As President Donald Trump continues to resist requests for his tax returns from Democrats in Washington, state lawmakers are moving to require him to release his financial information if he wants to run for president again in 2020.
Lawmakers in 18 states across the country, including New York, Illinois and Washington, have introduced bills that would require all presidential candidates and their running mates to release their individual tax returns in order to qualify for the presidential primary ballot, according to the National Conference of State Legislatures.
The latest is in Illinois, where state senators approved a bill this month that would require presidential candidates and their running mates to release personal tax returns for at least the five most recent years in exchange for access to the state’s 2020 ballot. It’s unclear whether the measure will succeed in the Illinois House or if the state’s Democratic Gov. J.B. Pritzker would sign the bill if it passes.
Trump is the only President in modern history who’s refused to voluntarily release his tax returns, and also to maintain his interest in his personal business while in office, prompting questions and lawsuits about potential conflicts. Several Democratic 2020 candidates have already released their tax information, seeking to draw a contrast with Trump.
On Tuesday, the Trump administration again blew past a deadline from House Democrats for six years of Trump’s tax returns, which they have requested under an obscure anti-corruption statute. Instead, Treasury Secretary Steven Mnuchin wrote he would respond to House Ways and Means Committee Chairman Richard Neal’s request by May 6, after the Justice Department concludes its legal review.
The tax return bills, however, would sidestep that fight – though it isn’t clear if the risk of missing the ballot on states likely to give their Electoral College votes to a Democrat in 2020 would sway Trump.
And it remains an open question whether states requiring presidential candidates to release their tax returns to get ballot access would be constitutional.
Dylan Lynch, a policy associate for the National Conference of State Legislators, wrote in a recent blog post that although states have the authority to administer presidential elections, it is the Constitution that clearly outlines the qualifications for the presidency. The criteria include being a natural-born citizen, at least 35 years old and a resident of the US for the past 14 years.
“The possible addition of a new criteria established by a state would surely face court battle,” Lynch wrote.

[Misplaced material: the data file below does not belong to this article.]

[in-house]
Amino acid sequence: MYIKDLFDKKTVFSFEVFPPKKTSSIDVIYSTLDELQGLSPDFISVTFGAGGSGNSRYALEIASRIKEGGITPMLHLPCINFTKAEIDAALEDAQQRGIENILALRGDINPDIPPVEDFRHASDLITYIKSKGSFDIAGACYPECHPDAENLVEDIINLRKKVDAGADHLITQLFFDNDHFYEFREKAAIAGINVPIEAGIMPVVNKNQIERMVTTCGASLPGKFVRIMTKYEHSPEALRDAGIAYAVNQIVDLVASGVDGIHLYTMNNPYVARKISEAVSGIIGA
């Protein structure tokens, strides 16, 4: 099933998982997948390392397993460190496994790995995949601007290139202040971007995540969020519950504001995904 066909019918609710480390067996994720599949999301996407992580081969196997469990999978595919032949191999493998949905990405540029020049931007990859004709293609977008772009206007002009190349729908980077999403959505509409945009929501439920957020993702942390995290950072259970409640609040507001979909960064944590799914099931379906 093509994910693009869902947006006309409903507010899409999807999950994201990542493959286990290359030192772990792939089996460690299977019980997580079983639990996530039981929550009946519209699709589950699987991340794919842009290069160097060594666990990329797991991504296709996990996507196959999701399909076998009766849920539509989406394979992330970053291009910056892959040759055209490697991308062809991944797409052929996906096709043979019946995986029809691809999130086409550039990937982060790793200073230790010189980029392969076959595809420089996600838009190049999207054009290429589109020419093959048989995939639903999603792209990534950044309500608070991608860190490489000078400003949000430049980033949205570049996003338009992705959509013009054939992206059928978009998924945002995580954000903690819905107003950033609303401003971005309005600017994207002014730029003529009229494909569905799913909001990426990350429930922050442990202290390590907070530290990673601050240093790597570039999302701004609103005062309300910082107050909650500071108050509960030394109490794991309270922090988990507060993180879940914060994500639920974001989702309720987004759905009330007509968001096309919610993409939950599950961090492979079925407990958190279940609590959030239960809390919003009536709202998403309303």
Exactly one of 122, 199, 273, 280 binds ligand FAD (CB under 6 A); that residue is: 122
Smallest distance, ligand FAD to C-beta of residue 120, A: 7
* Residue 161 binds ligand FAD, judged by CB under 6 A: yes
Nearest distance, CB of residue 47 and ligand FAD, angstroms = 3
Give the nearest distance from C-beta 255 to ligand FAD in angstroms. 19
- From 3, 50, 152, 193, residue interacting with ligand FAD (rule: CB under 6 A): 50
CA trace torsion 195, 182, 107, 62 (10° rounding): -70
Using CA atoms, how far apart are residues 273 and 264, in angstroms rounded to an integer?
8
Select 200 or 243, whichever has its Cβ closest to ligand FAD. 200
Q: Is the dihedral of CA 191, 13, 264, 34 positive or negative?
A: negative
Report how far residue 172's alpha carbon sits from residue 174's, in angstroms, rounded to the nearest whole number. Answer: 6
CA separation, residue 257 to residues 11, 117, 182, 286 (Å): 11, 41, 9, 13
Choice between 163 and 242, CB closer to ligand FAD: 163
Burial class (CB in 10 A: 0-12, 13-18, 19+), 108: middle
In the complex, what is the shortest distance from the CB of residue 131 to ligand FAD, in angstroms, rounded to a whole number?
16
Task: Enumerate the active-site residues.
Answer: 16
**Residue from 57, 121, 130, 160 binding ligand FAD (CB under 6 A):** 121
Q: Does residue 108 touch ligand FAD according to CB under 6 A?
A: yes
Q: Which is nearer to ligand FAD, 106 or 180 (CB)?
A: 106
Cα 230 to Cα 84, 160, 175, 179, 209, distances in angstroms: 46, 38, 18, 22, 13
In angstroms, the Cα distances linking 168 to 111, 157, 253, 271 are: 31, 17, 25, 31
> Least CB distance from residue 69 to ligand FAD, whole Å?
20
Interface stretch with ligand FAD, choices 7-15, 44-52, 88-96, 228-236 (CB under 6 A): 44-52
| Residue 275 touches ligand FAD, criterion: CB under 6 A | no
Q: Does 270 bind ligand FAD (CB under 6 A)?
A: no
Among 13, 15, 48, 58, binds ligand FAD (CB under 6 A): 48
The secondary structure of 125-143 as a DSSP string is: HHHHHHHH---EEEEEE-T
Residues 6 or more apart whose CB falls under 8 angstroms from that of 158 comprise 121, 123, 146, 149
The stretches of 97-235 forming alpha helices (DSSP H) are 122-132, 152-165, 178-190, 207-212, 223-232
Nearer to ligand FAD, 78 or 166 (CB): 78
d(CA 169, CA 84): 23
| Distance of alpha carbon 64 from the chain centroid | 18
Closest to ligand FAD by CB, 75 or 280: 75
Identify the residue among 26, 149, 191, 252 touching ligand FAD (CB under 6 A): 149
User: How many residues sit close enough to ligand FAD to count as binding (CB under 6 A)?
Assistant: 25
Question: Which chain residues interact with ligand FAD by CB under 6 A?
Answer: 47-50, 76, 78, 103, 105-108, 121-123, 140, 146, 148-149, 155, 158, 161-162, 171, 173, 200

The Supreme Court has previously ruled that neither states nor the federal government can create additional qualifications for members of Congress, and some legal experts believe that would likely extend to the President of the United States.
With a few exceptions, nearly all of the state bills that have been introduced would require candidates to release at least five years of individual tax returns. In Mississippi, Democratic state lawmakers failed to win the release of the candidate’s tax returns for only the year prior to the primary, while a bill introduced in North Carolina would require at least 10 years of personal tax returns.
House Democrats are also seeking to revise the law to require tax return disclosure after seizing control of the chamber during the 2018 midterm election.
Under a wide-ranging election reform bill that passed along party lines in the House last month, presidents would be required to disclose 10 years of tax returns to the Federal Election Commission. It’s unlikely the Republican-controlled Senate will follow suit, or that Trump would sign such legislation.
Earlier this month, Democratic lawmakers in New York also initiated a separate push to authorize the state’s tax commissioner to release state tax returns to Congress upon request. Those returns could be as revealing as federal returns given that Trump is a New York resident and the state is home to the headquarters of his family business, the Trump Organization.
Previous efforts to require transparency have failed.
Former Republican New Jersey Gov. Chris Christie called it a “transparent political stunt” when he vetoed such a bill last year. Even California Democratic Gov. Jerry Brown vetoed a bill in 2017, when he said the measure sets a “slippery slope” of what individual states could require of candidates in the future.
“Today we require tax returns, but what would be next?” said Brown at the time. “Five years of health records? A certified birth certificate? High school report cards? And will these requirements vary depending on which political party is in power?”